Institutional pressure and real estate balanced scorecard indicators

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Publisher
Emerald Publishing
Copyright
© Emerald Publishing Limited
ISSN
2040-8021
eISSN
2040-8021
DOI
10.1108/sampj-04-2021-0125
Publisher site
See Article on Publisher Site

Abstract

This paper aims to discuss the impact of institutional pressures on the selection of the performance indicators in 83 balanced scorecards (BSC) used in French real estate companies. The author studied the way in which two factors that are representative of institutional pressures in the real estate sector – namely, “ecology” and “digital innovation” – were incorporated into the BSC causal chains.Design/methodology/approachThe author’s methodology is that of action research. To analyze the balance of indicators between short and long term, the author classified the companies according to their strategic acuity, i.e. their ability to balance an organizational vision (near vision) and an environmental one (distance vision) when choosing their performance indicators. This resulted in a company classification with three categories: emmetropic, hypermetropic and slightly myopic.FindingsThis research enabled to observe that the selected ecological indicators in BSCs derive mainly from coercive institutional pressure. Hence, in companies with fewer legal requirements in ecological matters, the selected ecological indicators are included in the BSC causal chain, in that they are used as a commercial argument with a view to improving financial performance. These results are similar to the reactionary and reputational perspectives of the sustainability business case. With regard to the incorporation of digital innovation indicators into BSCs, the author found that the companies that have the most digital innovation indicators are those that mobilize the most ecological indicators. Digital innovation indicators are part of the companies’ internal process perspective and are linked to organizational learning indicators. These results are similar to the responsible and collaborative perspectives of the sustainability business case. The author also found that the companies incorporate digital indicators into their BSCs by institutional mimicry insofar as the selected indicators are not always consistent with a strategic rationale but are chosen by copying what is done in other companies.Research limitations/implicationsThe author’s research has two main limitations related to the methodology used. On the one hand, the mobilization of part-time management students to have access to companies can influence the emergence of mimetic isomorphisms. Indeed, these students follow the same training and advise the companies that welcome them according to the training they have followed. On the other hand, the author’s research stops at the development of the BSC. The author does not study the impacts or changes that occurred after the implementation of the tool. This could be the subject of future research on the appropriation and use of the BSC by the company’s actors and their impact on the optimization of global performance measurement system.Practical implicationsThis study may be of interest to researchers and managers who wish to reconcile sustainable development and digital innovation in global performance management. It analyzes the impact of institutional pressures on the performance measurement system. It offers insights on how to integrate ecological indicators and digital innovation indicators into the BSC causal chains. It identifies the tensions that managers may face. It reports on practices adopted in the field by managers in action.Social implicationsThis paper reveals the feasibility of measuring global performance integrating ecology and digital innovation. It responds to a preoccupation of recent years in academic research on how to reconcile corporate social responsibility and technological innovation. It shows that the companies that have the most digital innovation indicators are those that mobilize the most ecological indicators. However, it highlights the difficulties encountered by managers in the field when faced with institutional pressures.Originality/valueThe author’s reflection is in line with the literature of recent years that reconciles sustainable development and innovation. The author studied how “ecology” and “digital innovation” are incorporated into the BSC causal chains. To the best of the author’s knowledge, this is the first time this type of study has been conducted in the literature.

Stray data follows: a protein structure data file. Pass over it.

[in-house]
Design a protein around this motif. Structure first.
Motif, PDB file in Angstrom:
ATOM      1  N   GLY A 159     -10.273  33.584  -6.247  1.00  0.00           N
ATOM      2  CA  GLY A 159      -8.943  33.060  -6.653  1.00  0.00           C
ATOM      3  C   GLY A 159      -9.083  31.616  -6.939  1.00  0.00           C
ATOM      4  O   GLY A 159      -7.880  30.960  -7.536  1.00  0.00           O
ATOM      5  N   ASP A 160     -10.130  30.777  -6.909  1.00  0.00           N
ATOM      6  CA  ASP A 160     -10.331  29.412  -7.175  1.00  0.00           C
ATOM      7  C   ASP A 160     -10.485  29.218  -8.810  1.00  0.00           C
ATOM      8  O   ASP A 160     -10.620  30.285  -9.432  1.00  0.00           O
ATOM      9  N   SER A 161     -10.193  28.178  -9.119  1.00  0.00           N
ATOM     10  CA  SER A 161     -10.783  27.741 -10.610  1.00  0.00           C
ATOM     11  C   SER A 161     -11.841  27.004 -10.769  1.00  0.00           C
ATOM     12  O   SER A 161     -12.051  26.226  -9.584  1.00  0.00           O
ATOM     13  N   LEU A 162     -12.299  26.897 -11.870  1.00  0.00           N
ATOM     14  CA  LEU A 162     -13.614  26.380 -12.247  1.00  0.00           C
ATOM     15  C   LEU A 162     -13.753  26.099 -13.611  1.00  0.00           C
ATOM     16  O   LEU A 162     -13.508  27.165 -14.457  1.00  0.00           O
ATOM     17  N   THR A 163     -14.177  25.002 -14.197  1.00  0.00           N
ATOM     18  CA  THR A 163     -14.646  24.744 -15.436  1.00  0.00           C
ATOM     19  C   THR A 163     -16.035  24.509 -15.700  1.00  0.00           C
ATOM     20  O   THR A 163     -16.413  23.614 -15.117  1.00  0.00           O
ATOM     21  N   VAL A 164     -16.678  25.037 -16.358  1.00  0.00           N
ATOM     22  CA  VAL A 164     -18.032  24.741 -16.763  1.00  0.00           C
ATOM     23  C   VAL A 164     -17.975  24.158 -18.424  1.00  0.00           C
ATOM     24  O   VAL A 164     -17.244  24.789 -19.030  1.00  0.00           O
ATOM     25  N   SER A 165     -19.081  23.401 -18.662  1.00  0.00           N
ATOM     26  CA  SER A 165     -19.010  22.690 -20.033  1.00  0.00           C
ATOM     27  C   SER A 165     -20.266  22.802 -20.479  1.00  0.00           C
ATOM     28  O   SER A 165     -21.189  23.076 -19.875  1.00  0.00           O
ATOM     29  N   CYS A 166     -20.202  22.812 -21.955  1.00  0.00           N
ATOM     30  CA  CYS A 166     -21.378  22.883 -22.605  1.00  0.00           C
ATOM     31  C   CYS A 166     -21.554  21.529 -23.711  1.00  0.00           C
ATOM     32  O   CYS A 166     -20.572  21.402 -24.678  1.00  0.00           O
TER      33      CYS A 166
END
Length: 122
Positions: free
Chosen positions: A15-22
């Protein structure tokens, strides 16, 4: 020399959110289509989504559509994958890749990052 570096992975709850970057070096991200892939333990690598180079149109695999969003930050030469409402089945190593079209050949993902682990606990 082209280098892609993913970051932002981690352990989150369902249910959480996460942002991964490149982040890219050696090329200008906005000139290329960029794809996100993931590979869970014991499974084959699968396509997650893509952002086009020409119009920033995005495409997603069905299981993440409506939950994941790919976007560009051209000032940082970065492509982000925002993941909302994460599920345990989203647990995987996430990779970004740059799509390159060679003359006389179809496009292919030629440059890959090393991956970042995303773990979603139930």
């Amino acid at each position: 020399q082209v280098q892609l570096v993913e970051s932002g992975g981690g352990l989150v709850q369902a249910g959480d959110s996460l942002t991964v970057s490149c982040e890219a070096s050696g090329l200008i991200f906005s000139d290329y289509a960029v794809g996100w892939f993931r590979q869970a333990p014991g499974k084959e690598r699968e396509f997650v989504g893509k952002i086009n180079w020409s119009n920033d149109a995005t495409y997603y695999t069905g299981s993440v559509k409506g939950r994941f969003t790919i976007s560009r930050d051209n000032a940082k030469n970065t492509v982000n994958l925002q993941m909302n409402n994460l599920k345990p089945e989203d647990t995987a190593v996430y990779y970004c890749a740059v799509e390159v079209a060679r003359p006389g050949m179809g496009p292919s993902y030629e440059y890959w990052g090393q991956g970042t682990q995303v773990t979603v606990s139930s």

Journal

Sustainability Accounting, Management and Policy JournalEmerald Publishing

Published: May 25, 2022

Keywords: BSC; Performance indicators; Ecology; Digital innovation; Real estate

References